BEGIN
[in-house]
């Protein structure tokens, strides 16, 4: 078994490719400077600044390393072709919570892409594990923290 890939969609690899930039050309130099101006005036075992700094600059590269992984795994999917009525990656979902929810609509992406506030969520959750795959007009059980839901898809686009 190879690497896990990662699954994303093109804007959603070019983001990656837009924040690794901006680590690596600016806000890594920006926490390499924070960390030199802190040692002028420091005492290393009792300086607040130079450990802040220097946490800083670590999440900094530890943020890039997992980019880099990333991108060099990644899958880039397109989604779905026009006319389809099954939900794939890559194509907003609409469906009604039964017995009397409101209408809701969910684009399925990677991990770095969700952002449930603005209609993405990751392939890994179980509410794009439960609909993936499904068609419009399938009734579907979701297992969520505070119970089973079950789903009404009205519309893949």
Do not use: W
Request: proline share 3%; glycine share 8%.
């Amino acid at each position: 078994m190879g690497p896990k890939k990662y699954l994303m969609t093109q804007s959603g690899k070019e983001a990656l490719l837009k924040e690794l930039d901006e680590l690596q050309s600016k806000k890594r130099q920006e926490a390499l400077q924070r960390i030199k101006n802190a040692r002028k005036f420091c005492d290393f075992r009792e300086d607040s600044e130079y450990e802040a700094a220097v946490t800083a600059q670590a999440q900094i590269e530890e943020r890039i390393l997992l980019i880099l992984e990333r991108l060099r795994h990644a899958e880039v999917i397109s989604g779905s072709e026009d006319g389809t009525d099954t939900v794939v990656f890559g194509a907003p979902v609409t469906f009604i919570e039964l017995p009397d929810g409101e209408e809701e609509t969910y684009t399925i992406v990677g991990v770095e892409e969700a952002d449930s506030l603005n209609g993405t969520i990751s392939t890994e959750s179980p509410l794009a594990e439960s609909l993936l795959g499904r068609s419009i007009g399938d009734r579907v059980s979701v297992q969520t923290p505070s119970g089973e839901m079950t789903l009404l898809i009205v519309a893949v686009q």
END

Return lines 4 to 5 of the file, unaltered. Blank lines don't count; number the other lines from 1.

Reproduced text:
Request: proline share 3%; glycine share 8%.
């Amino acid at each position: 078994m190879g690497p896990k890939k990662y699954l994303m969609t093109q804007s959603g690899k070019e983001a990656l490719l837009k924040e690794l930039d901006e680590l690596q050309s600016k806000k890594r130099q920006e926490a390499l400077q924070r960390i030199k101006n802190a040692r002028k005036f420091c005492d290393f075992r009792e300086d607040s600044e130079y450990e802040a700094a220097v946490t800083a600059q670590a999440q900094i590269e530890e943020r890039i390393l997992l980019i880099l992984e990333r991108l060099r795994h990644a899958e880039v999917i397109s989604g779905s072709e026009d006319g389809t009525d099954t939900v794939v990656f890559g194509a907003p979902v609409t469906f009604i919570e039964l017995p009397d929810g409101e209408e809701e609509t969910y684009t399925i992406v990677g991990v770095e892409e969700a952002d449930s506030l603005n209609g993405t969520i990751s392939t890994e959750s179980p509410l794009a594990e439960s609909l993936l795959g499904r068609s419009i007009g399938d009734r579907v059980s979701v297992q969520t923290p505070s119970g089973e839901m079950t789903l009404l898809i009205v519309a893949v686009q």